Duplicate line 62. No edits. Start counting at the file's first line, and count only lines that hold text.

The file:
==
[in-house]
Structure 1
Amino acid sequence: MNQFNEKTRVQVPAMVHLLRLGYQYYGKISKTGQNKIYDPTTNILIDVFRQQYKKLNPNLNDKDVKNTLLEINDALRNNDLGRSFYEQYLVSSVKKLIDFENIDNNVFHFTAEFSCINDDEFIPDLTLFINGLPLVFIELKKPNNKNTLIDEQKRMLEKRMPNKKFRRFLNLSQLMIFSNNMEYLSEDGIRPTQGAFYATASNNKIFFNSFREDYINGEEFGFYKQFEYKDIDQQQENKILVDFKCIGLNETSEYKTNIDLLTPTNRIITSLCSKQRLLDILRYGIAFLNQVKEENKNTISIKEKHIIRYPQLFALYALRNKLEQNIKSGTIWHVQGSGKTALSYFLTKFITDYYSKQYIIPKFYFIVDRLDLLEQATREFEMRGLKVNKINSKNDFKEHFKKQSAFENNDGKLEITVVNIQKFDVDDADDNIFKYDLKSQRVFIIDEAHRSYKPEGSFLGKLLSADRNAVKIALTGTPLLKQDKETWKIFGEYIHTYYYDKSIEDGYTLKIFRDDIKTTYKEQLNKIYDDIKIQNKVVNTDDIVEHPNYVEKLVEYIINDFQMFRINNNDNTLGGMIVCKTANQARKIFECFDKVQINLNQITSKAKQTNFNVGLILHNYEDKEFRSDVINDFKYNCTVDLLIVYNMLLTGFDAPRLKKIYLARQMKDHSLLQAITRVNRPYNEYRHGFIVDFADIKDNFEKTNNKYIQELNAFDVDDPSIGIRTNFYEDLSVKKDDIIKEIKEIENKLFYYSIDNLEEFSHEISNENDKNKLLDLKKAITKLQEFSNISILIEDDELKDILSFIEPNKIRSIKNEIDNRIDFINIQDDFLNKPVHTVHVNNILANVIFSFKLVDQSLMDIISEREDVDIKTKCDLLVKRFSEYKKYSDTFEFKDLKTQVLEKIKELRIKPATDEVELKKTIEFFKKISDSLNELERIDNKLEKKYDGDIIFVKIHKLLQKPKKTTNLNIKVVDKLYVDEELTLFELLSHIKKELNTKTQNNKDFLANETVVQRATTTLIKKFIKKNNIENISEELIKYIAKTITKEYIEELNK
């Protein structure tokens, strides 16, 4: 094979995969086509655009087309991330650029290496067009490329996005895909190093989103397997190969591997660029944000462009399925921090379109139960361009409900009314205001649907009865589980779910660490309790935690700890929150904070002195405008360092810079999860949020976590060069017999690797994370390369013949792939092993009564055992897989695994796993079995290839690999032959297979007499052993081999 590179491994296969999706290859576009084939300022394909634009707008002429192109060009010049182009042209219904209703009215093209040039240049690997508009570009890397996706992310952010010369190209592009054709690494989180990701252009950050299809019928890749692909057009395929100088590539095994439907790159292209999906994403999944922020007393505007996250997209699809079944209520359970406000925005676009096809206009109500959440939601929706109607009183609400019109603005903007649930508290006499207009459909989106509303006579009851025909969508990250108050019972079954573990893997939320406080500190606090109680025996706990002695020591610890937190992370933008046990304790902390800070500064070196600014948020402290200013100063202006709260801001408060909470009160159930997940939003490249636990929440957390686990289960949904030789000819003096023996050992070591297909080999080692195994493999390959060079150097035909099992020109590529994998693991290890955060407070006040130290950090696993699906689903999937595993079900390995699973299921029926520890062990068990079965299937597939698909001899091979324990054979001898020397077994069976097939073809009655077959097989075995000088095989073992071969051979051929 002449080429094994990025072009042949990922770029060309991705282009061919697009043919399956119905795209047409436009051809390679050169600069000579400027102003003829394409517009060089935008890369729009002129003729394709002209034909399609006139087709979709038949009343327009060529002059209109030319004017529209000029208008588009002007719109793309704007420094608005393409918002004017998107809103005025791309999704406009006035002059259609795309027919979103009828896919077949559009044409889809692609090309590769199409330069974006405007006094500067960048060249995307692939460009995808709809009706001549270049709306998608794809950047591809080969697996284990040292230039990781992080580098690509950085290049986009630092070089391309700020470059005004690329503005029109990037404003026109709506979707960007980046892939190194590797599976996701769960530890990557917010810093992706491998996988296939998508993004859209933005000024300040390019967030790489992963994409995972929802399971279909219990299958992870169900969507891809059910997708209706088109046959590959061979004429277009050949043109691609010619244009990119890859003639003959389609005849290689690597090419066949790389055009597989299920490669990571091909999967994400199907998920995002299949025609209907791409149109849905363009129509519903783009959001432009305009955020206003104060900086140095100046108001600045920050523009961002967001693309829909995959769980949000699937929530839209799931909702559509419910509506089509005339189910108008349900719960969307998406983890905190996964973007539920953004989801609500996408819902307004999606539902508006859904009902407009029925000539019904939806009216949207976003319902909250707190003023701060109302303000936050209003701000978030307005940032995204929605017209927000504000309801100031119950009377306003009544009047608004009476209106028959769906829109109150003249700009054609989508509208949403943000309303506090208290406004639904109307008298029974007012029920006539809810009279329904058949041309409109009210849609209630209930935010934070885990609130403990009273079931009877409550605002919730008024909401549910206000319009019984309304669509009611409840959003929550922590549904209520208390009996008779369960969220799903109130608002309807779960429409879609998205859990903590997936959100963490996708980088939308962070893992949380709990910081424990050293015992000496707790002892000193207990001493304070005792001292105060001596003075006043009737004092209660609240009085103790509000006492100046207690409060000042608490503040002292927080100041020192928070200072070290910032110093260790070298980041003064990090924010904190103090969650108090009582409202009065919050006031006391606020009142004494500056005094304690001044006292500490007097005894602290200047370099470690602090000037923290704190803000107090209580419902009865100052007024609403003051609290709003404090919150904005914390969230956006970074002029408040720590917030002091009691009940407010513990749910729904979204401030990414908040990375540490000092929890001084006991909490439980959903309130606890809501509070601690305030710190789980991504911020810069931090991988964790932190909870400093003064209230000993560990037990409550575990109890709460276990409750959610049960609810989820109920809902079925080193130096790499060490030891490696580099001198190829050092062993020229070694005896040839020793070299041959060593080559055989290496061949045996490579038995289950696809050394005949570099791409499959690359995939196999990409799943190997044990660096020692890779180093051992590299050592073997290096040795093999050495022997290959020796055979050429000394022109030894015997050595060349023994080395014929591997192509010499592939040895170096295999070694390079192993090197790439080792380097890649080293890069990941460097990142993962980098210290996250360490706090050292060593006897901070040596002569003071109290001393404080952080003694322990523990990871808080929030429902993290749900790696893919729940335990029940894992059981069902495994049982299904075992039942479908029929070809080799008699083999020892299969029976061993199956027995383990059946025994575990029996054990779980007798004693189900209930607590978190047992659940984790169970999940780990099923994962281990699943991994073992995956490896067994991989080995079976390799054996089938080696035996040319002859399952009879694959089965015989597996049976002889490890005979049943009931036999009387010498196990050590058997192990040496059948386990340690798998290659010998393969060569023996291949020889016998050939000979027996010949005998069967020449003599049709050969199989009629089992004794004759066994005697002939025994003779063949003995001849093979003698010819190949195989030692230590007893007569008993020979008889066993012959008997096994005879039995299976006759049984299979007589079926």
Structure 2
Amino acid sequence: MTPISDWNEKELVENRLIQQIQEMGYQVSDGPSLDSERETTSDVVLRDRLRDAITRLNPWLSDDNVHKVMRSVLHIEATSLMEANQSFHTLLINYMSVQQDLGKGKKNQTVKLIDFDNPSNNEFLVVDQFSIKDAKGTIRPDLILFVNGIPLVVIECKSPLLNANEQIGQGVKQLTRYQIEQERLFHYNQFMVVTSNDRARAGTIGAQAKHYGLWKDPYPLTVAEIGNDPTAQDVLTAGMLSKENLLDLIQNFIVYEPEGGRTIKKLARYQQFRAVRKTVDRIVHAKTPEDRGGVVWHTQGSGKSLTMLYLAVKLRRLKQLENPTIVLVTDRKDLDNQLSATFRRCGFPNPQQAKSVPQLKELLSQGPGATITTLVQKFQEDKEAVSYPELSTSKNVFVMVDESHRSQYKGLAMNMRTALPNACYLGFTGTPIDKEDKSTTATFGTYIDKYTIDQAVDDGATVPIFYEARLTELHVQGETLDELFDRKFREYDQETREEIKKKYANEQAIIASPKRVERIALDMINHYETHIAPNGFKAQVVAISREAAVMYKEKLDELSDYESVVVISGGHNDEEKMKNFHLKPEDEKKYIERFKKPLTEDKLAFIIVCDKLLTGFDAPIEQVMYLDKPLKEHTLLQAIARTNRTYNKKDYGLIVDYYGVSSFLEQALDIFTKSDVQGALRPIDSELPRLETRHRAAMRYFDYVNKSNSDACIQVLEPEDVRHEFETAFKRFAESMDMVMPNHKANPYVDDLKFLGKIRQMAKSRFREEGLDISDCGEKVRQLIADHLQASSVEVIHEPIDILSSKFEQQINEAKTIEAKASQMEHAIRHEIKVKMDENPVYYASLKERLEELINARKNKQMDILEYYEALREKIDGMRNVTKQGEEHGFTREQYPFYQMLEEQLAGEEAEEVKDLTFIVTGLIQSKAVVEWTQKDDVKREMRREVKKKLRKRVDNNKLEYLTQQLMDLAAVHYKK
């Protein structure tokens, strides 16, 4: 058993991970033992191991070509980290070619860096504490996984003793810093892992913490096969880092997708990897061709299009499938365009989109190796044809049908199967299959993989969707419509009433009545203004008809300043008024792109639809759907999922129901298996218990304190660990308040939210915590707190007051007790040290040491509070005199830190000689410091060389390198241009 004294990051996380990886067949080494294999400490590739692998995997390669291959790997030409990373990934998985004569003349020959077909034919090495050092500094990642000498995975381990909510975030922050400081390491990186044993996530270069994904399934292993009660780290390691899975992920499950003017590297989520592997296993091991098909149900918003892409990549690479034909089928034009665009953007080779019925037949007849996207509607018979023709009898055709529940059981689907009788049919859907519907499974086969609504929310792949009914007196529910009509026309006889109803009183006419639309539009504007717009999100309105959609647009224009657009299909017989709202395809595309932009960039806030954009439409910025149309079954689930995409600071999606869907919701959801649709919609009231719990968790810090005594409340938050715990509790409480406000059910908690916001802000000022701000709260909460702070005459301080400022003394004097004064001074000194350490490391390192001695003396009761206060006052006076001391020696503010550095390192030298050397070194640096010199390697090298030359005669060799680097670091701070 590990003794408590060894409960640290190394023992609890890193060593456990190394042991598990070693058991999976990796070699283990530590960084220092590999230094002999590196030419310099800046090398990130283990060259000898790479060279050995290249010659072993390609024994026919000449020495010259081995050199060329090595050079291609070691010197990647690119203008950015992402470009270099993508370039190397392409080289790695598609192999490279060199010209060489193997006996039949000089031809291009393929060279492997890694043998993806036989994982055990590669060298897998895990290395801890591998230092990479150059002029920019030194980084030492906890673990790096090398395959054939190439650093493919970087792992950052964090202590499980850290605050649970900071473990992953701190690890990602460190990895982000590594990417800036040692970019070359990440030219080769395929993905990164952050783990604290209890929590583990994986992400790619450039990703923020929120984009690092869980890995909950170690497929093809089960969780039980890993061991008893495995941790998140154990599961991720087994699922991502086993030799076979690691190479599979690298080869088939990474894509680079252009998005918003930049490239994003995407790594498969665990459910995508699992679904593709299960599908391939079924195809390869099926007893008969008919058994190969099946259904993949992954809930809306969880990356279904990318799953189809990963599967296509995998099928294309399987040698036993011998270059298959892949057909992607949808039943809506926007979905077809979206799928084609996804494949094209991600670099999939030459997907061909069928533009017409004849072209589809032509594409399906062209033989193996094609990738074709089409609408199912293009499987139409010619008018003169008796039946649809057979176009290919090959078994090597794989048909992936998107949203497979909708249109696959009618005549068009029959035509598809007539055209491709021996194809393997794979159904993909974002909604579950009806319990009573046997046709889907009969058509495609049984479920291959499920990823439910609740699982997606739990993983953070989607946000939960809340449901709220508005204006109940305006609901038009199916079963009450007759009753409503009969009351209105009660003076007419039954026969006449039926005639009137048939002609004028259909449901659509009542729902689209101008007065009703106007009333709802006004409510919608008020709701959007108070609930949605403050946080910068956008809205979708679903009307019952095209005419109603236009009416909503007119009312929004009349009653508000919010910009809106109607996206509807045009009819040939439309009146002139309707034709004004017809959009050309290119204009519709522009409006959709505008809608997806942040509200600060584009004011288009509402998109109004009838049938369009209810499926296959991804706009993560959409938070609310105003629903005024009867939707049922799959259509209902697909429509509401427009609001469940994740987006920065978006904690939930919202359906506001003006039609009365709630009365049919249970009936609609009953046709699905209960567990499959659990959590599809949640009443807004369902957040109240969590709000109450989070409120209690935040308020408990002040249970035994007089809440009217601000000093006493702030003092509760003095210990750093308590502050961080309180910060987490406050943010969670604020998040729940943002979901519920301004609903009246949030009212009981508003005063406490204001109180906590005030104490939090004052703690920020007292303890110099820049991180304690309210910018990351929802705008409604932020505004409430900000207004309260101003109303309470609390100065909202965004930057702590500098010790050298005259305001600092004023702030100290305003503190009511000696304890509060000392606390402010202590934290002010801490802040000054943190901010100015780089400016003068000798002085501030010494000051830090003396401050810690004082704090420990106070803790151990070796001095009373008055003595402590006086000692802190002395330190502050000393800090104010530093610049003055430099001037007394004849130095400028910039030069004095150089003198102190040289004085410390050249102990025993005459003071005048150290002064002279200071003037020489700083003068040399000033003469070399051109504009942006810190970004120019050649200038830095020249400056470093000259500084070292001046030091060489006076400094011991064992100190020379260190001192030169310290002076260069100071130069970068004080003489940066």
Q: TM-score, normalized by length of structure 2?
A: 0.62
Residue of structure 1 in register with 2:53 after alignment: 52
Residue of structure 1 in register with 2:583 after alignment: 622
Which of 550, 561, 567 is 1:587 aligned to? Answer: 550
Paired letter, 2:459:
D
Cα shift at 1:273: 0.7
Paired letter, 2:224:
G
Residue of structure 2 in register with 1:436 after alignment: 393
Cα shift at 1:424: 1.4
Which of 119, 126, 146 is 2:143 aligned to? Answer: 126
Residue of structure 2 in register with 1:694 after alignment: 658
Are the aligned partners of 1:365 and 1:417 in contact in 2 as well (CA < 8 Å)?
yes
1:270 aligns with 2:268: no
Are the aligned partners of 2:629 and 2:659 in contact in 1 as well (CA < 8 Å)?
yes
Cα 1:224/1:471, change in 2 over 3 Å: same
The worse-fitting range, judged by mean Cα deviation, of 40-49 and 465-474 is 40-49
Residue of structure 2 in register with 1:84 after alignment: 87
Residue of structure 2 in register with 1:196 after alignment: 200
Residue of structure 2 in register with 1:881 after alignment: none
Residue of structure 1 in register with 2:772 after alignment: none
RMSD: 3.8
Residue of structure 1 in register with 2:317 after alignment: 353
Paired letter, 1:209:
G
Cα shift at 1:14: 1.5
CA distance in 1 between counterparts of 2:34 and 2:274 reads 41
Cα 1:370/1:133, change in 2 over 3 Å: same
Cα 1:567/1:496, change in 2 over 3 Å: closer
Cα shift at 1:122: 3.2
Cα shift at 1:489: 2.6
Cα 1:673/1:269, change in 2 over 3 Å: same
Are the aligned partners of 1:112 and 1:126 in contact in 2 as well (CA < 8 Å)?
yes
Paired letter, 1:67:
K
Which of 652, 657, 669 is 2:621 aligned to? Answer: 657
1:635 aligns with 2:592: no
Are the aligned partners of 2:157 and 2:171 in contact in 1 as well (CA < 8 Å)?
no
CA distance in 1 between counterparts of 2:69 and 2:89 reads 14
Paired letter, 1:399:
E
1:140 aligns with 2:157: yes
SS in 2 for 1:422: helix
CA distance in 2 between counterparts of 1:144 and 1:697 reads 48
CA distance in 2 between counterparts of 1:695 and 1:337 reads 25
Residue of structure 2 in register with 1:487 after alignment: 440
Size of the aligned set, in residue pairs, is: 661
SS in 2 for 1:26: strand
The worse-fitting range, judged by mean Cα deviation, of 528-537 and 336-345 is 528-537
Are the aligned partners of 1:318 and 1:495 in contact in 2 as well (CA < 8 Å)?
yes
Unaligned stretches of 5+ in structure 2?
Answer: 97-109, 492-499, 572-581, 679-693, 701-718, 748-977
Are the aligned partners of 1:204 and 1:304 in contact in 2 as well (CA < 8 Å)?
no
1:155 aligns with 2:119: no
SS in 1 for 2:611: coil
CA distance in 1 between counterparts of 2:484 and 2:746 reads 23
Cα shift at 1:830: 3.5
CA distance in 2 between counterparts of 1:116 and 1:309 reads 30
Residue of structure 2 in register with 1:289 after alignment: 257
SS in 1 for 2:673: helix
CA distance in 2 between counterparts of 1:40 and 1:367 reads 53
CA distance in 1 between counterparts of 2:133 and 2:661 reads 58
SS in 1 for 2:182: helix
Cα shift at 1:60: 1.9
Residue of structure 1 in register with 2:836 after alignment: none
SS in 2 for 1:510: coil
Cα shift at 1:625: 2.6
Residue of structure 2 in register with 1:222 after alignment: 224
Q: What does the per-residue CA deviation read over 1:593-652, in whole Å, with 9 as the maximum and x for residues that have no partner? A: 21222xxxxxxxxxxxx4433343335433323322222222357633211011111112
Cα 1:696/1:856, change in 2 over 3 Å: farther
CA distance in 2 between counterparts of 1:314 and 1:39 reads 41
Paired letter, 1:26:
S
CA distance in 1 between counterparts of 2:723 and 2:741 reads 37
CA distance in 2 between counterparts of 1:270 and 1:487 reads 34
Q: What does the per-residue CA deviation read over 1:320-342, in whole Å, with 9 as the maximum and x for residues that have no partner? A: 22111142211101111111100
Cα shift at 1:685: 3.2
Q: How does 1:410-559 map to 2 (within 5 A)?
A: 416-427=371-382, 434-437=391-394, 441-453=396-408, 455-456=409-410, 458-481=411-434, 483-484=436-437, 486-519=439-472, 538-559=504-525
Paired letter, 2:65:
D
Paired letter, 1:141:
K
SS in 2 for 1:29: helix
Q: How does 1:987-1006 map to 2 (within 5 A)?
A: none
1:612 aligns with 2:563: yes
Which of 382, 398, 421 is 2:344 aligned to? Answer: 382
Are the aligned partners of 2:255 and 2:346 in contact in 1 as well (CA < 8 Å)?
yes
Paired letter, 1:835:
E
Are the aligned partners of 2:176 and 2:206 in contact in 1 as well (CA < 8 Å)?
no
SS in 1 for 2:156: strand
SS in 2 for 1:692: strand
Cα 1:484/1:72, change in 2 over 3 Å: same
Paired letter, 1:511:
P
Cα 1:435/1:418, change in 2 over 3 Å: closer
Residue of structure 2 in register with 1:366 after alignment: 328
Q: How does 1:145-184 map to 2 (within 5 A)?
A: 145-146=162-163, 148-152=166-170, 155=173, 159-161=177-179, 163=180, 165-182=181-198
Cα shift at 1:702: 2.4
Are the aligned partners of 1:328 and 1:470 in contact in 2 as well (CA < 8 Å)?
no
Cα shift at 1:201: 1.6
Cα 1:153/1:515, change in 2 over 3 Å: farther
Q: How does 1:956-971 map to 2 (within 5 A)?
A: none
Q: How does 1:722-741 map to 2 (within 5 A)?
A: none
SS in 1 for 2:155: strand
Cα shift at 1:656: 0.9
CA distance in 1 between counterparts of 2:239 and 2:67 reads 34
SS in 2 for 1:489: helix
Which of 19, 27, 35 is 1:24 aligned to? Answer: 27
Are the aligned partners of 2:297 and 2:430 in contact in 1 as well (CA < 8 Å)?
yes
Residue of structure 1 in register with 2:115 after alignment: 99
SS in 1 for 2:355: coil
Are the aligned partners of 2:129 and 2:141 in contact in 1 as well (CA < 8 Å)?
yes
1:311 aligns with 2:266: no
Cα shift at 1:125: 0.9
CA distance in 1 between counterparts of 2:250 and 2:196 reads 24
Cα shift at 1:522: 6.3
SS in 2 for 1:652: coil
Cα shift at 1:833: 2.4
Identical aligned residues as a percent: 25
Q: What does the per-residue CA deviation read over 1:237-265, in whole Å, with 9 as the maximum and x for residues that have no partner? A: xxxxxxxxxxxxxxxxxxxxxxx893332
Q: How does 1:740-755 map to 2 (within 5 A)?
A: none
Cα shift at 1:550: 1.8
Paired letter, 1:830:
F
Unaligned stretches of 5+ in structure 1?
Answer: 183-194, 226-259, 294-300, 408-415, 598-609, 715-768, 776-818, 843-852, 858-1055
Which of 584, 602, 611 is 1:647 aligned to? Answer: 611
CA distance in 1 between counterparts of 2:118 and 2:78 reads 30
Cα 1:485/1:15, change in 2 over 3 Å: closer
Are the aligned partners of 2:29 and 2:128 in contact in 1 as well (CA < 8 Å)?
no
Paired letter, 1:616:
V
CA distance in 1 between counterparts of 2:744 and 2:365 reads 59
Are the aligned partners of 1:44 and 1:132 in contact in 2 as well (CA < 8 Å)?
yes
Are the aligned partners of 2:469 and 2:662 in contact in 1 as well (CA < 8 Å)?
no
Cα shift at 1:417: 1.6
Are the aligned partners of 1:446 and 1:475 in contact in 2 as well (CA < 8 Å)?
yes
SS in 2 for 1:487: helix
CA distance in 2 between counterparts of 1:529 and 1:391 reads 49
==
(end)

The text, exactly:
The worse-fitting range, judged by mean Cα deviation, of 528-537 and 336-345 is 528-537